This superb book should have a major impact on financial and economic theory. It is essential reading for anyone who wants to understand the real basis of financial markets.
This book thoughtfully and exhaustively challenges the flawed logic behind conventional thinking as espoused by economists and financial experts every day. Point by point, it discredits their arguments on market causality and offers a compelling alternative. Academics and investment professionals would be wise to consider the extraordinary road map that STF lays out for them.
It may be a cliché, but I could not put this book down. Prechter's flowing style and easy language make this a spellbinding book. The more you read the tighter it grips you, a bit like a spy novel. He challenges the long held beliefs of the efficient markets hypothesis and random walk, but rather than simply dismissing them with sweeping statements, he provides hard evidence of their worthlessness, then replaces them with the refreshing new theory of STF. Prechter argues his case with enthralling examples and compelling logic, making it difficult to disagree with. No single paragraph can do justice to this book. Start on page 1 and find out for yourself what it is all about.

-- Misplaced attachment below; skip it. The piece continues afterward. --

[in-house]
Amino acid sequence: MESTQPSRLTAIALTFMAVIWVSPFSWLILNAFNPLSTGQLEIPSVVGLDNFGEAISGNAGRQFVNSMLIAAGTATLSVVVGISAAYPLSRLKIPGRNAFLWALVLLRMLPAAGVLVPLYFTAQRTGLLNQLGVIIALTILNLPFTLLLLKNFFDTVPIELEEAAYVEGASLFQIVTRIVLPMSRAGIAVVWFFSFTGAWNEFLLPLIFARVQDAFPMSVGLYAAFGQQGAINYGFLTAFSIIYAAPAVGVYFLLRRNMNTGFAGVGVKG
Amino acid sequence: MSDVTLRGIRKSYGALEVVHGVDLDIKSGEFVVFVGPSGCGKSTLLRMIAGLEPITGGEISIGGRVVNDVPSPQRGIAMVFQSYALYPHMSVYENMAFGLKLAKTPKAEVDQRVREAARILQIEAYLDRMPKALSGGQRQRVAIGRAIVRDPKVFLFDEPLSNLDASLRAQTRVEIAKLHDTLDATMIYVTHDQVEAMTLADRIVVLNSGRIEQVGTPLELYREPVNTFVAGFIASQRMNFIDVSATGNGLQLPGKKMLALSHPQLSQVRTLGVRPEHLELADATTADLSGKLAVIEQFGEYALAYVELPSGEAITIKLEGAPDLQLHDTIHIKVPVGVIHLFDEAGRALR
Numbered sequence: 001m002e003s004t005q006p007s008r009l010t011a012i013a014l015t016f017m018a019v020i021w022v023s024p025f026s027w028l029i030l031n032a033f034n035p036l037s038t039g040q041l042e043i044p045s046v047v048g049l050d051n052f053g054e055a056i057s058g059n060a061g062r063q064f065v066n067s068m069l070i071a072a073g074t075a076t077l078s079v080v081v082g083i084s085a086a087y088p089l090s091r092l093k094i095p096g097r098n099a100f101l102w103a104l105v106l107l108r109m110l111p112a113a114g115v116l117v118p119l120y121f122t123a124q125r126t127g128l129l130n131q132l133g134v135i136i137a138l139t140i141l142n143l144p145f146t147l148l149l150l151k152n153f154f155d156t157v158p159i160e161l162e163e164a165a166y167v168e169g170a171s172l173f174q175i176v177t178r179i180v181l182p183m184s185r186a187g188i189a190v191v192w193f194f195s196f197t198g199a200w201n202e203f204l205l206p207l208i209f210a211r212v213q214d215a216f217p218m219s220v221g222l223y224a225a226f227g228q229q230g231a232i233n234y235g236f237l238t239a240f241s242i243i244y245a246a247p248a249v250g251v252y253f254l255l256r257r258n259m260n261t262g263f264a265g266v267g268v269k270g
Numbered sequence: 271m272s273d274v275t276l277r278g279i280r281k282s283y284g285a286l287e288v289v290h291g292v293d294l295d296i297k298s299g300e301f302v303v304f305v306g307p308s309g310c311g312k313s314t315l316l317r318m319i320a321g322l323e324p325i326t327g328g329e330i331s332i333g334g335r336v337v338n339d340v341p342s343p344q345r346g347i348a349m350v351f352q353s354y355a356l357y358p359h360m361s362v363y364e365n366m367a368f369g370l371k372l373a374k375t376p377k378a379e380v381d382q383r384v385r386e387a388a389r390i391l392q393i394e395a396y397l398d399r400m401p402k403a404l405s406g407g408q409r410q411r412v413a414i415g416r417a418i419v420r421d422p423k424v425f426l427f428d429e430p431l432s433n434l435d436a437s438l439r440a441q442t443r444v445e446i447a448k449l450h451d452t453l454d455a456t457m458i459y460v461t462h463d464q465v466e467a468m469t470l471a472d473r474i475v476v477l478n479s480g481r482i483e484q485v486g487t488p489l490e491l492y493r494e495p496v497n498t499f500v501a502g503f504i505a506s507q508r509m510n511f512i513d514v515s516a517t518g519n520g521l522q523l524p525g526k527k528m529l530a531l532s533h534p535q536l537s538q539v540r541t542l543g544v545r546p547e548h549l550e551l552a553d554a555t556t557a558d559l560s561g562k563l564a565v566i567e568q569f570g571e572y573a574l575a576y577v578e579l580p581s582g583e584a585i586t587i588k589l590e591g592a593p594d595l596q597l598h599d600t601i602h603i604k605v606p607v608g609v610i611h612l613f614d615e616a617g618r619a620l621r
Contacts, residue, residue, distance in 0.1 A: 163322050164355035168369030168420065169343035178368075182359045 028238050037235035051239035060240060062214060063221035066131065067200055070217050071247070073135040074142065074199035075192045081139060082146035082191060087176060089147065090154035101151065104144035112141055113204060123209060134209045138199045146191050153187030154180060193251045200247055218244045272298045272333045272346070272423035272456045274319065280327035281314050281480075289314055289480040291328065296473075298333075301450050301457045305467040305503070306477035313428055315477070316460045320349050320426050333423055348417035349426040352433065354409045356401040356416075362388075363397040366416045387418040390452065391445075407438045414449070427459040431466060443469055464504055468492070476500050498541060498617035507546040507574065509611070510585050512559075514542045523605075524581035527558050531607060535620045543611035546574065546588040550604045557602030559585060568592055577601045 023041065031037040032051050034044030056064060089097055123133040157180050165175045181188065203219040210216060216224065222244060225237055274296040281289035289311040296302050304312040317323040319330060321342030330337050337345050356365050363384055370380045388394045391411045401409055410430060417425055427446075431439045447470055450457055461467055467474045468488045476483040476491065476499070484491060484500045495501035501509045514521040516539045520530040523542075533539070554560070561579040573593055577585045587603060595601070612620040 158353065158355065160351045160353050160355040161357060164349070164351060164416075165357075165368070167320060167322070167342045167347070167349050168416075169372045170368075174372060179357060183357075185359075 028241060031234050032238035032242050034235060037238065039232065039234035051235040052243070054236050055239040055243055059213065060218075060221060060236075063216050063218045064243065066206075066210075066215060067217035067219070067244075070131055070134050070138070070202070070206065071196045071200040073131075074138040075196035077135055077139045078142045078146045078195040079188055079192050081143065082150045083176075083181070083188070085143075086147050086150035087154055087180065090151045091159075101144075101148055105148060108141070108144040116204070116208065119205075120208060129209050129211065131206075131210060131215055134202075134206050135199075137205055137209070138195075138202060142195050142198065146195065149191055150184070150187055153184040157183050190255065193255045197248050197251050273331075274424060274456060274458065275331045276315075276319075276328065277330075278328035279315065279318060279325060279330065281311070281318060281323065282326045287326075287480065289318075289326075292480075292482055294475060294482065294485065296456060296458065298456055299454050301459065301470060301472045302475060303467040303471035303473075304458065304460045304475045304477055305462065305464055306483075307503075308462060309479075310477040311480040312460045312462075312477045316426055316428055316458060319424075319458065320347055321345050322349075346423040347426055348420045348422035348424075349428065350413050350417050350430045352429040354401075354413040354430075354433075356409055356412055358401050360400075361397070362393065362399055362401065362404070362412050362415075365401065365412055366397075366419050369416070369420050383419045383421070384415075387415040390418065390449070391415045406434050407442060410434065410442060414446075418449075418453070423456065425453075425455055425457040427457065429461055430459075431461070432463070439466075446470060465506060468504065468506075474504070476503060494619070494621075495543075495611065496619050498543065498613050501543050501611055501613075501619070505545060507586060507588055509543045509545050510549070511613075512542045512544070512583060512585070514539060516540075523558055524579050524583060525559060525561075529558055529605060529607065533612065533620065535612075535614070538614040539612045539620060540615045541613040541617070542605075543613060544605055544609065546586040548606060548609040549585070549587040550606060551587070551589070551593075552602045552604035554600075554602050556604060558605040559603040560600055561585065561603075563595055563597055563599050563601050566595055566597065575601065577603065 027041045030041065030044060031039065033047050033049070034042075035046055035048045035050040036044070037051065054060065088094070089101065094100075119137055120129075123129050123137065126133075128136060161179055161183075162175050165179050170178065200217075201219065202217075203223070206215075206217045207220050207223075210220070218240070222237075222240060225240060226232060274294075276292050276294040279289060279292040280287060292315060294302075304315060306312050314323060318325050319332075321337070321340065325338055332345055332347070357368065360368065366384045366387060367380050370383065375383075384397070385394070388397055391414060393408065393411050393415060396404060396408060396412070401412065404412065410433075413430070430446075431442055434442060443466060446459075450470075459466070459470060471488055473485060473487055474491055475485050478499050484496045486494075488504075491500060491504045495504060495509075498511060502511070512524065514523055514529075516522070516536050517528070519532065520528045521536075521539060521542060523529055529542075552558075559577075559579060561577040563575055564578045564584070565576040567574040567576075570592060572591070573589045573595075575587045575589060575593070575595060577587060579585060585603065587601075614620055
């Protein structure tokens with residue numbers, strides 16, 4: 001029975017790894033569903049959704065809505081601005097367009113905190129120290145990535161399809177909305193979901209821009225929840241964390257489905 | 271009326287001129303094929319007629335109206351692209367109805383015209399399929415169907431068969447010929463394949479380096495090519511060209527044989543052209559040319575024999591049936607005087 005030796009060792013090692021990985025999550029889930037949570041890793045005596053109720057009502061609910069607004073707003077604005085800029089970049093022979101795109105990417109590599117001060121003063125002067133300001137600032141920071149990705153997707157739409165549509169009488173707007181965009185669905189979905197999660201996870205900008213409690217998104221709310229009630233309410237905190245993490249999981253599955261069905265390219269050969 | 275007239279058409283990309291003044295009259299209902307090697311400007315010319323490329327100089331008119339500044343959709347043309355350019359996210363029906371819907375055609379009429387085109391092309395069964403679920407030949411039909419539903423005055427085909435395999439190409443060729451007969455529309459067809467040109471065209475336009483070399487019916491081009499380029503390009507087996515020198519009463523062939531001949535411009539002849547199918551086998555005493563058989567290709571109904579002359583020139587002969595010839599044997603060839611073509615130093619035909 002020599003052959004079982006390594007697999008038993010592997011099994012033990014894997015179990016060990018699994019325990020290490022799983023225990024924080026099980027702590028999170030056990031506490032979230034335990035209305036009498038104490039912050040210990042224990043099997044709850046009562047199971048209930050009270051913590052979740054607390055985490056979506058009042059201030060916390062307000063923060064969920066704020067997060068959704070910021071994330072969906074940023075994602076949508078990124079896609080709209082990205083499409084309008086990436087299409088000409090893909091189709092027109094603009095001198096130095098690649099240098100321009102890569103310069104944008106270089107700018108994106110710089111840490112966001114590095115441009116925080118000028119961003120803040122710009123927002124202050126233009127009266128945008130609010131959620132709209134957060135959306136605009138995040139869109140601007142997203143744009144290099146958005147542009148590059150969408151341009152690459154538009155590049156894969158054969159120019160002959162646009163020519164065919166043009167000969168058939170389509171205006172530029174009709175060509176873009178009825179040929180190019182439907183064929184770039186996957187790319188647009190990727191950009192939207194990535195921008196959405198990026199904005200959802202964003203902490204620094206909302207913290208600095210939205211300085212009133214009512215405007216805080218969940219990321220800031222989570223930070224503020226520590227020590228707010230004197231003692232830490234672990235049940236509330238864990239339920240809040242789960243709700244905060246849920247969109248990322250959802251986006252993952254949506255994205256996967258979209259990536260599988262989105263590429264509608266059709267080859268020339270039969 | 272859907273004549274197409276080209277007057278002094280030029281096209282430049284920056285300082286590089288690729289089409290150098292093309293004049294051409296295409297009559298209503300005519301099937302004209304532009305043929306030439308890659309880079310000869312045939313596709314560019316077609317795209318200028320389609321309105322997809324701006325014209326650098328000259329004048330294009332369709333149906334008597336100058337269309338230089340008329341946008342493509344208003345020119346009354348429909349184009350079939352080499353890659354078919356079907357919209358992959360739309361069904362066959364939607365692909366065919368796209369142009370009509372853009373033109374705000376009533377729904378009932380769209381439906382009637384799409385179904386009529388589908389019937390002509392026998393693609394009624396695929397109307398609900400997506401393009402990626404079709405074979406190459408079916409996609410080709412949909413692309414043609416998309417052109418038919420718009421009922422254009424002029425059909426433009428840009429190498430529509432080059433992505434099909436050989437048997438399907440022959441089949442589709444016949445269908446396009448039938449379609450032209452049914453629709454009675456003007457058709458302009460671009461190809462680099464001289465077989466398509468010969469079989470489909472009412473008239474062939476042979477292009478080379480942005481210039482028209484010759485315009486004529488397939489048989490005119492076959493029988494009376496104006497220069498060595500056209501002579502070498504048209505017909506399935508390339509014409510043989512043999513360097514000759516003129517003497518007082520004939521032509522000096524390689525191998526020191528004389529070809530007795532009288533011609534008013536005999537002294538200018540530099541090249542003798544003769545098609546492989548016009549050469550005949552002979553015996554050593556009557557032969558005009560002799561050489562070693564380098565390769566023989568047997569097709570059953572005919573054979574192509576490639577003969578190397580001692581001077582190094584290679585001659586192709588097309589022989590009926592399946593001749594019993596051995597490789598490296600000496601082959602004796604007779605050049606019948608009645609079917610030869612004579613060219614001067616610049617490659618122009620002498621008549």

Unique and incisive. STF turns orthodox thinking upside down. A masterpiece.
I started reading Bob Prechter's new book The Socionomic Theory of Finance, and I have to say I BEYOND HIGHLY RECOMMEND IT. Bob does a masterful job in the first two chapters alone of completely debunking the entire exogenous causation theory of market analysis. It is a MUST READ for anyone who wants to truly have their eyes opened to how the market really works.